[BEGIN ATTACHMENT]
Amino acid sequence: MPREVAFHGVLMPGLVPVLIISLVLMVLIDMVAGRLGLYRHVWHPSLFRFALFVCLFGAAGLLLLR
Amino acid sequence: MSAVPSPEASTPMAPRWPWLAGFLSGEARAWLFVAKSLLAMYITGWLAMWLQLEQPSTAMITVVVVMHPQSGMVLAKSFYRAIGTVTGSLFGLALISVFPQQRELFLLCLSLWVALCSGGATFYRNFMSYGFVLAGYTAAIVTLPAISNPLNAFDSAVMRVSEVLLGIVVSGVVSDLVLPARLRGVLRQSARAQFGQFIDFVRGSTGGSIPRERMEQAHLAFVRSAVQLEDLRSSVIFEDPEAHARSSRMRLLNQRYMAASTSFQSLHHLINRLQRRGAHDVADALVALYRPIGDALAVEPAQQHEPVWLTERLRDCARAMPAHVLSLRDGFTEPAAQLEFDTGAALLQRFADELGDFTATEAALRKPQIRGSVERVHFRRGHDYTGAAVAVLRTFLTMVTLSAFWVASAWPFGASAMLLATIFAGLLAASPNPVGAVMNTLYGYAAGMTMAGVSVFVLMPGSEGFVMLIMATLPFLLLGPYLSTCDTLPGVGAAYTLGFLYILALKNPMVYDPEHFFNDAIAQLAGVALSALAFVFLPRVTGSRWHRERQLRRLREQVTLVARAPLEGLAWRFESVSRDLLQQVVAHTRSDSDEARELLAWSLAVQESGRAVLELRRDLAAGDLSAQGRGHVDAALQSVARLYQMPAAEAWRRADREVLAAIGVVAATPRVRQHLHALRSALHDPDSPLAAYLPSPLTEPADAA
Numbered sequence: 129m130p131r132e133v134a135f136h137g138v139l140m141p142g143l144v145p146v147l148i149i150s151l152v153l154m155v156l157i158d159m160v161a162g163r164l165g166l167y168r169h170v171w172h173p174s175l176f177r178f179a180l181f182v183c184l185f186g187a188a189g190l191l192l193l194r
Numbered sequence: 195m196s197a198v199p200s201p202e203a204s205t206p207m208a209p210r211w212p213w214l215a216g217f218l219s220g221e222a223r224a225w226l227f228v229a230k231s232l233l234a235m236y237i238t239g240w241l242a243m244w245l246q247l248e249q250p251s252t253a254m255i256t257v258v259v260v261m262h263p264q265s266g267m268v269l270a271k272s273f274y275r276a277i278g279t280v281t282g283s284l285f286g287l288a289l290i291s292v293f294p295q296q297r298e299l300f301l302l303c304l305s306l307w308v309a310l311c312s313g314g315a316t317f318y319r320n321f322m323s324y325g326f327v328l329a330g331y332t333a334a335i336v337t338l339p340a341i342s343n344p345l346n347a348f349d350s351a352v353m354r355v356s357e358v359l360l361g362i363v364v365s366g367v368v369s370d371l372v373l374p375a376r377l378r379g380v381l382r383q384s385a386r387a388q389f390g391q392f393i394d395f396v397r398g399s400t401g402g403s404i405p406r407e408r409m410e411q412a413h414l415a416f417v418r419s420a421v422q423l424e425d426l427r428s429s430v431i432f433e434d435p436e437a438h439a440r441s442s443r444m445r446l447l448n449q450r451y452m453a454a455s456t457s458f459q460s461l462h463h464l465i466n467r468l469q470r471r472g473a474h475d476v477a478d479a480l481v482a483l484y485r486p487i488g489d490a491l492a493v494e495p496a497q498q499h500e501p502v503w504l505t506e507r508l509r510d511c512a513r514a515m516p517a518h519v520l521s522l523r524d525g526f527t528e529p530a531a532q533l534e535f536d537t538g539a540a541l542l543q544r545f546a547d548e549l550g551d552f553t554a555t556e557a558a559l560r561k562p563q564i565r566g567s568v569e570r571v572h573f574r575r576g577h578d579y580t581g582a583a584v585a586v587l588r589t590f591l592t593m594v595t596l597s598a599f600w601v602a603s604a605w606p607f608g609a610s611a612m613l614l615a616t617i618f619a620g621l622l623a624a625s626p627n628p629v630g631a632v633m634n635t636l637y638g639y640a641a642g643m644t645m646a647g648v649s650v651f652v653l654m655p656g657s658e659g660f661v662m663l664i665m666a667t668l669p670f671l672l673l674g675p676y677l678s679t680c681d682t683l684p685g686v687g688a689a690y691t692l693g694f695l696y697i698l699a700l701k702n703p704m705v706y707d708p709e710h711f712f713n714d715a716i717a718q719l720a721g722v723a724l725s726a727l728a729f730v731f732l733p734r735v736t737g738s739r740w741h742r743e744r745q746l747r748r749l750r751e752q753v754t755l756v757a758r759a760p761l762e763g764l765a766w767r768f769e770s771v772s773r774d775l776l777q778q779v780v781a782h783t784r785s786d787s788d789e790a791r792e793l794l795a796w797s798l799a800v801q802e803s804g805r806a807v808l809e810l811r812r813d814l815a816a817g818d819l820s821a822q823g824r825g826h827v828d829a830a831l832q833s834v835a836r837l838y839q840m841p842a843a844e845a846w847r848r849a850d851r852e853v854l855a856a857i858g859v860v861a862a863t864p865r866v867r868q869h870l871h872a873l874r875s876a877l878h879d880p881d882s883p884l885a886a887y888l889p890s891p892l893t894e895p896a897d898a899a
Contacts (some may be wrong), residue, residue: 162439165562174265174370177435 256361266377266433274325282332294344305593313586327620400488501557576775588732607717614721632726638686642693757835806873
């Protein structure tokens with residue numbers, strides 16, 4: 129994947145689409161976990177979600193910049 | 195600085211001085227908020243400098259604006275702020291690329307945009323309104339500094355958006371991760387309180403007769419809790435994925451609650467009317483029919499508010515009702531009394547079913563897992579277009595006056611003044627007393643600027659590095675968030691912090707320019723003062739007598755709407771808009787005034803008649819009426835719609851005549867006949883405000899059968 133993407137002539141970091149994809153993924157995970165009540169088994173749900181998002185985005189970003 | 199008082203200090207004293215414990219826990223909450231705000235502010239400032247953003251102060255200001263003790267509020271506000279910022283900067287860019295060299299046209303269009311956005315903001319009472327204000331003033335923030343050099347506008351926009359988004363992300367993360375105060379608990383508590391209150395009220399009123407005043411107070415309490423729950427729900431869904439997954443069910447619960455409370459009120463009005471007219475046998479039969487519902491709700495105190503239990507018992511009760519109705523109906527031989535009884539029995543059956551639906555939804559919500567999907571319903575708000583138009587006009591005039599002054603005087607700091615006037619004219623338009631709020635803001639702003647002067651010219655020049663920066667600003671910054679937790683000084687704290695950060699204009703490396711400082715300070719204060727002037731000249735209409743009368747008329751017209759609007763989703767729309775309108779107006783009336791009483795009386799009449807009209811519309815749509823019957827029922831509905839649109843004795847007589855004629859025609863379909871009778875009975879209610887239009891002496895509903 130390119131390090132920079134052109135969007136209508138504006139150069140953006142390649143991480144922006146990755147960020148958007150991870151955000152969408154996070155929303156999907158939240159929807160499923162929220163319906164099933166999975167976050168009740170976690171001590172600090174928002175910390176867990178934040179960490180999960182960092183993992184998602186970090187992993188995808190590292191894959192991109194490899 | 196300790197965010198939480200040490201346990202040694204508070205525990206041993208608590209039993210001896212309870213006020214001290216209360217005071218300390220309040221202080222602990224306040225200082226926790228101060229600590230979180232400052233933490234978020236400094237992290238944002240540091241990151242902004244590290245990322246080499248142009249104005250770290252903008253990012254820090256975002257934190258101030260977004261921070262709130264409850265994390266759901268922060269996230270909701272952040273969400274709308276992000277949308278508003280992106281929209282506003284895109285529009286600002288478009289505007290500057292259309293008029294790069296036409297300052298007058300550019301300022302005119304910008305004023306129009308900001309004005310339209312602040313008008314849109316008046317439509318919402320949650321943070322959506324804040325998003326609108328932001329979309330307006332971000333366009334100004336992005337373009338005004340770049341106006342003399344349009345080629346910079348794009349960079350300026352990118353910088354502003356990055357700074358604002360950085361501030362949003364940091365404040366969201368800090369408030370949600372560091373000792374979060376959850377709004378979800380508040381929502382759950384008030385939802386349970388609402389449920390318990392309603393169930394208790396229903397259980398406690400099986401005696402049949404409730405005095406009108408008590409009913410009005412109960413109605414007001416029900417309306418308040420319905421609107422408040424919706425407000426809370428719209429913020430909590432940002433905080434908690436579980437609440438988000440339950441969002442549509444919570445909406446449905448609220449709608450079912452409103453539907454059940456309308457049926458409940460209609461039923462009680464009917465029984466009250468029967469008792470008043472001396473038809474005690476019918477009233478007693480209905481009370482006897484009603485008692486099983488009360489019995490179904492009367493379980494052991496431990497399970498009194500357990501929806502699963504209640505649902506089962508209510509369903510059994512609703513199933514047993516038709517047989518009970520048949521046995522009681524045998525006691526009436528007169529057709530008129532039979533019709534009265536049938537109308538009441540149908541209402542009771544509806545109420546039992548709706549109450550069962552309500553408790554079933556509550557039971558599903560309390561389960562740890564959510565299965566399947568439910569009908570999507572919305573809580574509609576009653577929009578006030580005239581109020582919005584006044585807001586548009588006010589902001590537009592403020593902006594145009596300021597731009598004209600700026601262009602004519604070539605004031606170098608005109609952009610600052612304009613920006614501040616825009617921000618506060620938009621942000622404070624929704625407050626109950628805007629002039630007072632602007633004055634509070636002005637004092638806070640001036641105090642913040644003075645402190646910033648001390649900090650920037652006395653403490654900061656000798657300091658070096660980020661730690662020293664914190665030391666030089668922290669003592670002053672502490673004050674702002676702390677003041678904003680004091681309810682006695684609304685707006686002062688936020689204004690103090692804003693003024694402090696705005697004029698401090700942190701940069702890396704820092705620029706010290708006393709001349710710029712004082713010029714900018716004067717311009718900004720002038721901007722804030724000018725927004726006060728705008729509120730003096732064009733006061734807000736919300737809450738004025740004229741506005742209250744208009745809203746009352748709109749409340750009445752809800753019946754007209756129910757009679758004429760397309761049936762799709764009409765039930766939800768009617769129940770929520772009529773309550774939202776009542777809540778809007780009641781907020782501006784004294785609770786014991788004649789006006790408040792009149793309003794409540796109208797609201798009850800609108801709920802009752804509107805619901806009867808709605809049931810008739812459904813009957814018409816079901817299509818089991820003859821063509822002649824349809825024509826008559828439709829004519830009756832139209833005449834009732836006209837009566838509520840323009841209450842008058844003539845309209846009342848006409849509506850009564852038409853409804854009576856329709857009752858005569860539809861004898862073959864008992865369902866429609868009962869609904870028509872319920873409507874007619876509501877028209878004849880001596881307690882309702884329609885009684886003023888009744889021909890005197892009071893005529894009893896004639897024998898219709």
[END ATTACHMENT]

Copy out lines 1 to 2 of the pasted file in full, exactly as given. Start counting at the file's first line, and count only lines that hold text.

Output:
Amino acid sequence: MPREVAFHGVLMPGLVPVLIISLVLMVLIDMVAGRLGLYRHVWHPSLFRFALFVCLFGAAGLLLLR
Amino acid sequence: MSAVPSPEASTPMAPRWPWLAGFLSGEARAWLFVAKSLLAMYITGWLAMWLQLEQPSTAMITVVVVMHPQSGMVLAKSFYRAIGTVTGSLFGLALISVFPQQRELFLLCLSLWVALCSGGATFYRNFMSYGFVLAGYTAAIVTLPAISNPLNAFDSAVMRVSEVLLGIVVSGVVSDLVLPARLRGVLRQSARAQFGQFIDFVRGSTGGSIPRERMEQAHLAFVRSAVQLEDLRSSVIFEDPEAHARSSRMRLLNQRYMAASTSFQSLHHLINRLQRRGAHDVADALVALYRPIGDALAVEPAQQHEPVWLTERLRDCARAMPAHVLSLRDGFTEPAAQLEFDTGAALLQRFADELGDFTATEAALRKPQIRGSVERVHFRRGHDYTGAAVAVLRTFLTMVTLSAFWVASAWPFGASAMLLATIFAGLLAASPNPVGAVMNTLYGYAAGMTMAGVSVFVLMPGSEGFVMLIMATLPFLLLGPYLSTCDTLPGVGAAYTLGFLYILALKNPMVYDPEHFFNDAIAQLAGVALSALAFVFLPRVTGSRWHRERQLRRLREQVTLVARAPLEGLAWRFESVSRDLLQQVVAHTRSDSDEARELLAWSLAVQESGRAVLELRRDLAAGDLSAQGRGHVDAALQSVARLYQMPAAEAWRRADREVLAAIGVVAATPRVRQHLHALRSALHDPDSPLAAYLPSPLTEPADAA